Nibbana & Enlightenment

How is Nibbana different from the ever­lasting heaven, as taught in some religions?

Nibbana (Nirvana in Sanskrit) is not a realm of existence or heaven. It is a state attained by the complete liberation from dukka, by the complete elimination of the root cause, which is craving (tanha). A person who has attained the state of Nibbana will no longer acquire kamma that keeps the cycle of life going, hence there will no longer be rebirth.

Nibbana cannot be described in terms of our normal experiences, which are so limited. Therefore Nibbana is generally described in negative terms such as 'extinction of desire', 'extinction of hatred', 'Unconditioned' (conditions that produce cause and effect), 'Cessation' (of continuity) etc.

A person who has attained Nibbana experiences a state of supreme joy that comes from being completely free from attachment, free from hatred, free from delusions.

Nibbana can be attained in this life, not after death. As this is a long and difficult process, the success of attainment in this life very much depends on whether the person had practised the path in his/her previous lifetimes. The Buddha and many of his followers attained this state during their own lifetimes.

What is Enlightenment?

Enlightenment is the ultimate state of spiritual development attained by the complete eradication of craving and release from the endless cycle of life. An enlightened person will have developed an intuitive wisdom (sati panna) which enables him or her to see clearly the true nature of the world, i.e. the three characteristics of existence, namely, dukkha (suffering), anicca (impermanence or the transient nature of things) and anatta (non-existence of a permanent soul).

An enlightened person enjoys a state of supreme joy which comes from being entirely free from cravings and attachments.

The path to Enlightenment is the Noble Eightfold Path as taught by the Buddha.

One who has entered the first stage of enlightenment has a glimpse of Nibbana and is called a Sotapanna (Stream winner or enterer): the stream meaning the Noble Eightfold Path. At this stage, he has eradicated three of the ten fetters. That is, wrong views, doubts and adherence to wrongful rites and rituals. A Sotapanna will be reborn no more than seven times.

By continuing to develop Insight, he enters the second stage, Sakadagami (once-returner). He will be reborn in the human plane only once. At this stage, he has reduced two further fetters, sense desires and ill will. Thoughts of lust and anger may still be present, but to a lesser extent.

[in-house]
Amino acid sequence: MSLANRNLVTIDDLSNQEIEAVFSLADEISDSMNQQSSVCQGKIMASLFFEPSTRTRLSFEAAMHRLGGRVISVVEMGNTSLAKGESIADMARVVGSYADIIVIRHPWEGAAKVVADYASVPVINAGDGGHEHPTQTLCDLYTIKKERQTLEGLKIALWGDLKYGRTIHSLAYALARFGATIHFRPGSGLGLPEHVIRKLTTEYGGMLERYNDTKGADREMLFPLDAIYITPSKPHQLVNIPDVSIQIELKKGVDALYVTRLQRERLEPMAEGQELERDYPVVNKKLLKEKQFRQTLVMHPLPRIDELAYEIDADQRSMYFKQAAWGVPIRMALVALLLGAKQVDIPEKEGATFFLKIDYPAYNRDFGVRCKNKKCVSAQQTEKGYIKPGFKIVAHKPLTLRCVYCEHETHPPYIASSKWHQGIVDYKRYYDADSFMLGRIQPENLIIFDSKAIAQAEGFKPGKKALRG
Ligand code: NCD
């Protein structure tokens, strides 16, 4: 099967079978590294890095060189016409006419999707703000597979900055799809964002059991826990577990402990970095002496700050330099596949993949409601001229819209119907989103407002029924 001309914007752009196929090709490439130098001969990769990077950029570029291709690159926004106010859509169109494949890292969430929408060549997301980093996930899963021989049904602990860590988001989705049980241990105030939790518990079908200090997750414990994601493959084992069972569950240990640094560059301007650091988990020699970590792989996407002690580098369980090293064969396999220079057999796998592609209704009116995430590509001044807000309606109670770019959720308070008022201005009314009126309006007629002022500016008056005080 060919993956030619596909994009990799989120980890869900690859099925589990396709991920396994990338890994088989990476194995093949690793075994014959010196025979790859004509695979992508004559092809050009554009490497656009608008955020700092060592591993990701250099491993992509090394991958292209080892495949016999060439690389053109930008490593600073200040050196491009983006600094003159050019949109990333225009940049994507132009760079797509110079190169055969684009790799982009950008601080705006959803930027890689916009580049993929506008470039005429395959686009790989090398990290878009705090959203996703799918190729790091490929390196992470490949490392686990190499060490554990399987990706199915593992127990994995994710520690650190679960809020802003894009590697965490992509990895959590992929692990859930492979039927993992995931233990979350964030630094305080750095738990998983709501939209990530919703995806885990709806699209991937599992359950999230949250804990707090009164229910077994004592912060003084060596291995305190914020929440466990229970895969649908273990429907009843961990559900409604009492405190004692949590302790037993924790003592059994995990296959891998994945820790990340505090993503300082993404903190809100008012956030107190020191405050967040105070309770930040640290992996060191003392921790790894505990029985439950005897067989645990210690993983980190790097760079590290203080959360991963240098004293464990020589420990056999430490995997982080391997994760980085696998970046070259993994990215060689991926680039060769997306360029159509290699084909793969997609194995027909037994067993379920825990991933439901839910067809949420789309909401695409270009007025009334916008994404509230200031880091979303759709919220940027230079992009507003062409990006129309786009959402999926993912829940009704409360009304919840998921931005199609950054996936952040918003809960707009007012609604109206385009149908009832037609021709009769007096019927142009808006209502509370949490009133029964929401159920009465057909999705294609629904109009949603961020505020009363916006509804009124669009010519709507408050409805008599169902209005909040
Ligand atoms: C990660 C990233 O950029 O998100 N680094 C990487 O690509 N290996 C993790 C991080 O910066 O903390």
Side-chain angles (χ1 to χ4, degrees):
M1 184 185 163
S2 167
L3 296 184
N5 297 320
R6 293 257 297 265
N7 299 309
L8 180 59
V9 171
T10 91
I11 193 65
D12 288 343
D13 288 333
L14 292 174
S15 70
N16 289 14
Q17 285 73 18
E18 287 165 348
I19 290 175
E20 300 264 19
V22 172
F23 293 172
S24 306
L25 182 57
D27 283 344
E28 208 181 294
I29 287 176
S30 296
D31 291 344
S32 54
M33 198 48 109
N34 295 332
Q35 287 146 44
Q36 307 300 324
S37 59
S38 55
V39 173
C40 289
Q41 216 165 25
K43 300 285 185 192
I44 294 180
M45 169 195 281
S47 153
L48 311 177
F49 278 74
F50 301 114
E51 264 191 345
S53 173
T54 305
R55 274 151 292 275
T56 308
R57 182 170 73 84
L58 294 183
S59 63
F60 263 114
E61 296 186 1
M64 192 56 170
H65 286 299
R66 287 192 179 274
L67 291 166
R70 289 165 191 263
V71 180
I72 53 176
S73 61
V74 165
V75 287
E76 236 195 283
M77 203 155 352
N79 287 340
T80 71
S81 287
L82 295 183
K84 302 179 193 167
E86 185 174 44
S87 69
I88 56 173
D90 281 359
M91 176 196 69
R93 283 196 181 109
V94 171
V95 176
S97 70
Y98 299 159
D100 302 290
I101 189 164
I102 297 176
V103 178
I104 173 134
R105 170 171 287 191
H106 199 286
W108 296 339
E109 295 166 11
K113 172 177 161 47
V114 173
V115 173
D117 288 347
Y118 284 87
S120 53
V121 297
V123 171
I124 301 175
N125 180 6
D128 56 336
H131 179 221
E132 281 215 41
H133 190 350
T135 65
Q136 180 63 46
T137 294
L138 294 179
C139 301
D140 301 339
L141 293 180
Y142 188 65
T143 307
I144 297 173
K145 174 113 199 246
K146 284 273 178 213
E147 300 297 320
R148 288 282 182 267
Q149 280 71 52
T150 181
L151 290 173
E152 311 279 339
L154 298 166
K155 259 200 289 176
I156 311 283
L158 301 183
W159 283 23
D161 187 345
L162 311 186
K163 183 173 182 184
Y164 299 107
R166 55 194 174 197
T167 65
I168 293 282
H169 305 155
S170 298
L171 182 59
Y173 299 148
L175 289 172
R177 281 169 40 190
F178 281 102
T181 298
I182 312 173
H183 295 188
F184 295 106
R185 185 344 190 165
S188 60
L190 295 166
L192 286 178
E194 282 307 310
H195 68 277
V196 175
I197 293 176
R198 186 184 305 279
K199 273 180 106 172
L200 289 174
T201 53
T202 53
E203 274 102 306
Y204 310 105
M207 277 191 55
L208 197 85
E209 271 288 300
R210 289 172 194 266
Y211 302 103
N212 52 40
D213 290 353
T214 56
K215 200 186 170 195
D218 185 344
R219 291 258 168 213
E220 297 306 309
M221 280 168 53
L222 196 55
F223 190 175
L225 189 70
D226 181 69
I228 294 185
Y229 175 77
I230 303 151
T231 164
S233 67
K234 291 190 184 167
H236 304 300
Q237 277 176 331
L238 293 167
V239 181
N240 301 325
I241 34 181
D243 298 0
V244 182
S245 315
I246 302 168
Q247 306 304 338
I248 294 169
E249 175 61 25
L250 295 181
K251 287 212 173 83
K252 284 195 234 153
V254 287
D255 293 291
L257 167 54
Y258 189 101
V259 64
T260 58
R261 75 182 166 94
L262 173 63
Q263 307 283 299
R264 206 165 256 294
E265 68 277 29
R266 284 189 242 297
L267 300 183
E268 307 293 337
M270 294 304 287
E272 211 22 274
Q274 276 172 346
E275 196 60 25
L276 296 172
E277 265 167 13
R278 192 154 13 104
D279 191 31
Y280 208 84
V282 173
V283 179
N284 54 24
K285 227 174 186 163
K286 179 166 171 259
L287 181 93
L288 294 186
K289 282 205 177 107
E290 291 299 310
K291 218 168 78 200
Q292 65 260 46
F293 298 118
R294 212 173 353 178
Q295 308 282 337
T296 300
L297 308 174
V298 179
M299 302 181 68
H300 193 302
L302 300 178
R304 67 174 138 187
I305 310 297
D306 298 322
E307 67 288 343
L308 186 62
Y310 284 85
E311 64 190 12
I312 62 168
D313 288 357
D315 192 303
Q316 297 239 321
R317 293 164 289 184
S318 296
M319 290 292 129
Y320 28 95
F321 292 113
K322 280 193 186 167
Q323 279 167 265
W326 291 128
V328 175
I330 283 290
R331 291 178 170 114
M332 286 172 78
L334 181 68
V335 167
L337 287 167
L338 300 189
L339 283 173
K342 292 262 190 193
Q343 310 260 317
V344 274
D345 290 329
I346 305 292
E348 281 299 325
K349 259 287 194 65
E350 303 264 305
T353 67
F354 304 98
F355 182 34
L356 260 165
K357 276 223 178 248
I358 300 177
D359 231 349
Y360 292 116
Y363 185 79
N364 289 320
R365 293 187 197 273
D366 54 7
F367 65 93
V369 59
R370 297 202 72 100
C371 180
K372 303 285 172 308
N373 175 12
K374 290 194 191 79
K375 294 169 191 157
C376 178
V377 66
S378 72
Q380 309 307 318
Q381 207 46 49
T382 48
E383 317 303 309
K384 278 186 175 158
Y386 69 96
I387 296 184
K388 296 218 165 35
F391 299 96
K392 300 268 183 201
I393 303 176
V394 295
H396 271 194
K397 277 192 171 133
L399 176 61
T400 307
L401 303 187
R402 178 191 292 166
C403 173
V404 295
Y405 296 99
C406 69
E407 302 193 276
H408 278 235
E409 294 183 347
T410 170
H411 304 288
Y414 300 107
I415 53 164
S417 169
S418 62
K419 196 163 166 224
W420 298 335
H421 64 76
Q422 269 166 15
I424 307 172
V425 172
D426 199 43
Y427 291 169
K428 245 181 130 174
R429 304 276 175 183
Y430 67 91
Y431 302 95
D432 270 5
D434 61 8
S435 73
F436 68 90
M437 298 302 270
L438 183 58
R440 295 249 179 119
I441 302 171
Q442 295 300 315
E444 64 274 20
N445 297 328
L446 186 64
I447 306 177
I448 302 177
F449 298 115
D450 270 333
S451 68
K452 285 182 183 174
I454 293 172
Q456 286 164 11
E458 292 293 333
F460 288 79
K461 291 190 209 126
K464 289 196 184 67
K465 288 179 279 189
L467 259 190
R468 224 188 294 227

Continuing to progress, he reaches the third stage, in which above two fetters are completely eradicated. He is now known as Anagami (Non-returner). An Anagami will be reborn in a celestial plane (called a Pure Abode) before finally attaining Nibbana.

At the final stage of sainthood, the remaining five fetters are completely eradicated and he becomes an Arahant. The five fetters are: attachment to material planes of existence, attachment to immaterial planes of existence, pride, restlessness, and ignorance.

On death, an arahant attains the state of parinibbana (complete nibbana), and there is no more rebirth.

Can one become enlightened while being a family person?

One who follows the Noble Eightfold Path can enter the 'stream' leading to enlightenment and progress further in the spiritual path while leading an ordinary life. The life of a monk, free from responsibilities and toils of normal life will no doubt help the spiritual progress. The ancient texts describe many instances where lay persons have attained enlightenment at the time of the Buddha. Usually, such persons would have followed a path of spiritual development in their previous existences.

A person who has reached the final stages of enlightenment will no longer have any desire to continue in a domestic environment.

How should a Buddhist handle emotions like being insulted or provoked to anger?
Does an enlightened person feel angry at all?

Vippasana meditation develops awareness of thoughts such as anger or lustful desires when they arise. With practice, it will be possible to observe in a detached and objective manner these emotions as they rise and fall. By not reacting to these emotions as they arise, they will gradually dissipate and lose their power. It is important to realise this is not a case of suppressing emotion, which could lead to psychological problems. A fully enlightened being (an Arahant) has completely eradicated mental defilements such as anger, lust, ill will etc: such thoughts simply do not arise in him.